Using Financial Reports to Conduct Basic Budget Planning

The one element that surrounds all business trouble is failure to plan. Business owners give plenty of excuses for not planning – they’re too busy or more pressing matters demand immediate attention. Remaining unburdened by budget planning appears acceptable… until it sabotages your success.

A budget is supposed to function in a reasonably simple way. It outlines how you will pay for necessities plus expand with occasional extra items. But when you believe a sufficient budget can exist completely in your mind, you’ve become a virtuoso in the art of self-delusion. To genuinely assure that your budget is sensible and meets its intended purpose, it must satisfy certain time-tested principles. That entails committing some time at year-end to exposing a written budget to close scrutiny.

Leverage Points

Start by fortifying yourself with an understanding of leverage points in your operations. Accomplishing this requires accurate recent financial statements. Obtain from these reports the key ratios that form assumptions in your budget.

Specifically examine direct costs for business projects, such as materials and labor utilized for processing billable work. Your gross profit margin is what’s left from revenue after paying direct costs. In general, whatever revenue you predict for next year will generate the same historical gross profit margin percentage. Accomplishing a different margin will necessitate cost containment. Growing revenue while incurring a slower rise of direct costs may seem like a hairsplitting triumph, but it delivers immediate benefit to bottom line profit.

Overhead Expenses

Firm knowledge of your general and administrative costs is crucial to reliable budgeting. Start with knowing which expense categories are the largest. Any meaningful budget – particularly one projecting optimistic improvement over the past – should reflect changes to the big dollar items. For variable costs, set an expenditure limit that’s a percentage of revenue. Your financial reports convey the historical percentages. Locking percentages in your budget for variable expenses results in flexible spending when future revenue exceeds or falls short of expectations.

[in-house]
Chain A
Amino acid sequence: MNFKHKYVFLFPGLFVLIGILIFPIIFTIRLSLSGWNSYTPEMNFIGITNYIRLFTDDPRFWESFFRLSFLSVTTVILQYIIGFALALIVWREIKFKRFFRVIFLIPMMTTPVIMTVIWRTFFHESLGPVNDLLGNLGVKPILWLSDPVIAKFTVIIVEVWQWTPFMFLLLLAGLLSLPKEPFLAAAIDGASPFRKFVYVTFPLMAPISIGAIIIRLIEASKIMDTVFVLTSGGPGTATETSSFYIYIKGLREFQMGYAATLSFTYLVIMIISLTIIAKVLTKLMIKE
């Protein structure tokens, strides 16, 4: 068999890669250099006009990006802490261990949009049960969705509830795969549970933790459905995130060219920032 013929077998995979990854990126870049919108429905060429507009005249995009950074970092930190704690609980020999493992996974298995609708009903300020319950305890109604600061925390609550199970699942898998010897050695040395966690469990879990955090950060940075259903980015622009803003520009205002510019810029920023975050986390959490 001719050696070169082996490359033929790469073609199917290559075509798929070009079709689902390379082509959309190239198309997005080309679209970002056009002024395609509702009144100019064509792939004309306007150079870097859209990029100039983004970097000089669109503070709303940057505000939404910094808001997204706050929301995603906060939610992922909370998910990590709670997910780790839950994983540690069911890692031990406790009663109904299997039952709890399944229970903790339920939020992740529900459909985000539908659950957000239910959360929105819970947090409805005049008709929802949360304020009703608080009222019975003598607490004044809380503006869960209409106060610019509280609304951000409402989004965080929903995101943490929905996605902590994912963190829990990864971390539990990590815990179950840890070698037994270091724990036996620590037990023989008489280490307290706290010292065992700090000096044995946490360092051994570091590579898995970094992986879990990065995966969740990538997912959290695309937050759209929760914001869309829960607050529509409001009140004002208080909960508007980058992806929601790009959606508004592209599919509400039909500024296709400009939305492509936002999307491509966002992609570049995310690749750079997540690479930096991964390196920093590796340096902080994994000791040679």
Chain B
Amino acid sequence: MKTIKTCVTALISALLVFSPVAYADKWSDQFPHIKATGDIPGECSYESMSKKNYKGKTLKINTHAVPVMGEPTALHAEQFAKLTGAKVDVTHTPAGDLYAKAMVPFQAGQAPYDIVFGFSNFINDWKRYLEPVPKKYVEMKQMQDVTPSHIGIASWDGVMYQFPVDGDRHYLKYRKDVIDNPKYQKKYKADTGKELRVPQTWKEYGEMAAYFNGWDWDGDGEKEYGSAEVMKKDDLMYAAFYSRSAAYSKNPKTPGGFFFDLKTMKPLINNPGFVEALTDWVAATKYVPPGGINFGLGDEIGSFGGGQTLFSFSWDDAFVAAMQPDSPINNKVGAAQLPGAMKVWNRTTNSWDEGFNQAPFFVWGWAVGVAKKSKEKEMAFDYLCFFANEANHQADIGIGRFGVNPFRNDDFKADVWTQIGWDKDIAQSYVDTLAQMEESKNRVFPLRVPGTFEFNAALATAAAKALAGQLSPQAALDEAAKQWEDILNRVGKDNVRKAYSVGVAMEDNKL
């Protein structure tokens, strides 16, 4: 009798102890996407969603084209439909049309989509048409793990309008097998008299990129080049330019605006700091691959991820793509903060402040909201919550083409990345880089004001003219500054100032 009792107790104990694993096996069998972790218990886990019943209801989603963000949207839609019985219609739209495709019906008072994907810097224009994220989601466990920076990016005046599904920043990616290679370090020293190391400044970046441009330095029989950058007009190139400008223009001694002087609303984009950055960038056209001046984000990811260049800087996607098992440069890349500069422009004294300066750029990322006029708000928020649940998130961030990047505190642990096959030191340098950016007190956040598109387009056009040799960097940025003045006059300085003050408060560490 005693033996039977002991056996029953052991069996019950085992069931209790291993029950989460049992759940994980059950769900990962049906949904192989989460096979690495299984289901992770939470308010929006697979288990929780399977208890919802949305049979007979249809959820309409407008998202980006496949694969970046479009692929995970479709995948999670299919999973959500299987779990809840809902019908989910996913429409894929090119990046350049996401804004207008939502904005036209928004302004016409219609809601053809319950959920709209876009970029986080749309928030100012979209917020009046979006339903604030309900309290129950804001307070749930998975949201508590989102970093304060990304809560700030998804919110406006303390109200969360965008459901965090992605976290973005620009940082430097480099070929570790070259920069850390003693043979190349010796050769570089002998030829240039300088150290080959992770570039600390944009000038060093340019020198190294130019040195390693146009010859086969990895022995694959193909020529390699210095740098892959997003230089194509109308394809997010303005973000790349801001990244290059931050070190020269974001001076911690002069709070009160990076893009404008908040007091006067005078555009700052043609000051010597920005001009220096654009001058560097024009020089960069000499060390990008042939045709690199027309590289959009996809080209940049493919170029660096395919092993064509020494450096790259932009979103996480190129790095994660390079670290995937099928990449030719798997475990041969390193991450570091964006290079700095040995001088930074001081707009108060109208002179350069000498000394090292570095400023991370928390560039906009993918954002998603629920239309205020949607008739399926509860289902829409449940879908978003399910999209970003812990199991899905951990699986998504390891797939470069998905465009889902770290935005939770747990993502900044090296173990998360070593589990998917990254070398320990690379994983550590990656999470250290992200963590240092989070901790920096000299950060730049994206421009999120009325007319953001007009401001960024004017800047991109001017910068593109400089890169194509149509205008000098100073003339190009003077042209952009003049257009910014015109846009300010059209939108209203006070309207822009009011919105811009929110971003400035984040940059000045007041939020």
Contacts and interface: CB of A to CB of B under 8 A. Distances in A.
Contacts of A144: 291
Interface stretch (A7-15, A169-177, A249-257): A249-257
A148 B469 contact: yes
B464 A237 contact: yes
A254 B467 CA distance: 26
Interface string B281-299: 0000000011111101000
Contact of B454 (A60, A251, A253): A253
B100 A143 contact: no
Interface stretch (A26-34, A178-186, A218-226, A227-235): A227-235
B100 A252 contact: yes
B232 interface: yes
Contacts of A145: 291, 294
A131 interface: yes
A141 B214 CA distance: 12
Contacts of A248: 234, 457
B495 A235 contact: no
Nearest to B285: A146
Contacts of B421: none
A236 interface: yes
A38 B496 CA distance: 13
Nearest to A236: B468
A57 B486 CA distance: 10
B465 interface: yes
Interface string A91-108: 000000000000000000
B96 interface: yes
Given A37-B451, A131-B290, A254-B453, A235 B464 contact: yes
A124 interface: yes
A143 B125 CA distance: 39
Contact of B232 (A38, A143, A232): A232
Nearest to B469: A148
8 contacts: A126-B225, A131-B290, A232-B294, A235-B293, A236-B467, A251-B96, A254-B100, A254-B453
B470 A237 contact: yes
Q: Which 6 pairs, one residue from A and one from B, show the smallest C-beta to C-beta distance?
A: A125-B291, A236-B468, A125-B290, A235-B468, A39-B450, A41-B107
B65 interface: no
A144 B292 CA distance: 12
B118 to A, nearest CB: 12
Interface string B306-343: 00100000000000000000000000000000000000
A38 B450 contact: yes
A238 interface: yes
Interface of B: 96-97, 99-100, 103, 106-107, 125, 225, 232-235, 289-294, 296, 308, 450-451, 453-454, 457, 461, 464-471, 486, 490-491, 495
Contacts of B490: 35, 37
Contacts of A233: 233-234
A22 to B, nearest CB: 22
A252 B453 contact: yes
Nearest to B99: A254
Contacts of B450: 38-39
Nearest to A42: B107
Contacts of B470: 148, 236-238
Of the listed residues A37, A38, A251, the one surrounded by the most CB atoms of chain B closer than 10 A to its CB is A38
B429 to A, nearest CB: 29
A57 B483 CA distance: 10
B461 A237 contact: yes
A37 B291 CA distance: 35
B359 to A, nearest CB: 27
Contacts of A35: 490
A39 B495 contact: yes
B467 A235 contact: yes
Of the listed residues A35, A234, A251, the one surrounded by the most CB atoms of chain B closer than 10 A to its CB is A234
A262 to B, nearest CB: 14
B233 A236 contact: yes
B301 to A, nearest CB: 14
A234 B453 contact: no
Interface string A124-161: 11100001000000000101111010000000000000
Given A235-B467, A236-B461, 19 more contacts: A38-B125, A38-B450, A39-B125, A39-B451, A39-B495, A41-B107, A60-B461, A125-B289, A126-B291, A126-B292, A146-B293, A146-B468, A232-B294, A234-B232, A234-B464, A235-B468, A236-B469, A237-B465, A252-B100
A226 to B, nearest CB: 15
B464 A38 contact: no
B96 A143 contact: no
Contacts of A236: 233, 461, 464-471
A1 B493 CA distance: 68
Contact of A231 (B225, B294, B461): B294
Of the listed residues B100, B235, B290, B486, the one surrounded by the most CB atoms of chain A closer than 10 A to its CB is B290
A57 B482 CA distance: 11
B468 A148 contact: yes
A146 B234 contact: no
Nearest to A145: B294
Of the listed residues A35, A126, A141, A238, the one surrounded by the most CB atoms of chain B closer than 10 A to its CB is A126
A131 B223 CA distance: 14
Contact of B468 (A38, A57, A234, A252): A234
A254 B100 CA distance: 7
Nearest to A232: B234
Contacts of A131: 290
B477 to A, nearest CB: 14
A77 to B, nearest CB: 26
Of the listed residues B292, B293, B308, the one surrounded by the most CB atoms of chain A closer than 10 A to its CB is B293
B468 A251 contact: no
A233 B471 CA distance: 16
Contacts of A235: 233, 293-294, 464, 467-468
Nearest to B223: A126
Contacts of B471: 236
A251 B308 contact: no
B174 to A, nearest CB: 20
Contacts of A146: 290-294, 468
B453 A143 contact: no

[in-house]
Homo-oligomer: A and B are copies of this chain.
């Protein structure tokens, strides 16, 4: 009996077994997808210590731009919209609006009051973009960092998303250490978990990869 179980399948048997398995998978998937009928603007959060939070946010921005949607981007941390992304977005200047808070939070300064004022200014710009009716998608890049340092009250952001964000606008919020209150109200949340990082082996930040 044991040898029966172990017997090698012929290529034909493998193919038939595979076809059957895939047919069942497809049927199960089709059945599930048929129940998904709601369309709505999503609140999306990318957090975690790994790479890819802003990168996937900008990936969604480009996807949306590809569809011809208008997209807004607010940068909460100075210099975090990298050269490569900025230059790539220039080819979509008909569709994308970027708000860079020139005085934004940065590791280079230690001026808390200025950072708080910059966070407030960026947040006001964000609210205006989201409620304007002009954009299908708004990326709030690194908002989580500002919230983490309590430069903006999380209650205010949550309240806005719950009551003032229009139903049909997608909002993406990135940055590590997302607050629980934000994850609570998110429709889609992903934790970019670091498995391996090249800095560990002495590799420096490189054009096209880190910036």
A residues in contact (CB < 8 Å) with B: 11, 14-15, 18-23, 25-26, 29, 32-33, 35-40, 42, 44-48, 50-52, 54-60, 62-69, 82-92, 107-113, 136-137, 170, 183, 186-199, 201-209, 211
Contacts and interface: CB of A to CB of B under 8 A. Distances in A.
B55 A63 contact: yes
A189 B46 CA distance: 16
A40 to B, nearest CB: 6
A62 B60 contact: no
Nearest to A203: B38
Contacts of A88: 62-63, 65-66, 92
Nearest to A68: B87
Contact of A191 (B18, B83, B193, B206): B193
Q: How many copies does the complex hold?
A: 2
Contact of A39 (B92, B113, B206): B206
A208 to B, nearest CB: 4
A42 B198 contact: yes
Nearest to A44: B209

Fixed costs are the most troubling expenses. They kill profitability during any economic downturn or period of slower than anticipated sales. You have to pay them no matter what and they’re difficult if not impossible to change once you lock them in place. Using your past financial statements, find out which fixed expenses have changed the most as a percentage of revenue. Fixed costs that present a rising burden for revenue growth to support are targets for revaluation. Lower rent, cheaper insurance, and reduced utilities usage are common goals for altering fixed costs.

Tying in Actions

Without an action plan, a budget is just a bunch of jumbled numbers that you hate to confront. What makes budgeting valuable is that it establishes a strategy for how you’ll manage your business. The tactical methods necessary to attain projected revenue are merely part of your strategic planning. Only by simultaneously executing the expenditure patterns in your budget are you assured of achieving your profit objective.

Analyzing expense patterns and creating realistically defensible budget allocations is a tedious process stretching over several days. But it’s far superior to suffering through an entire year of unmet intentions due to deficient planning.

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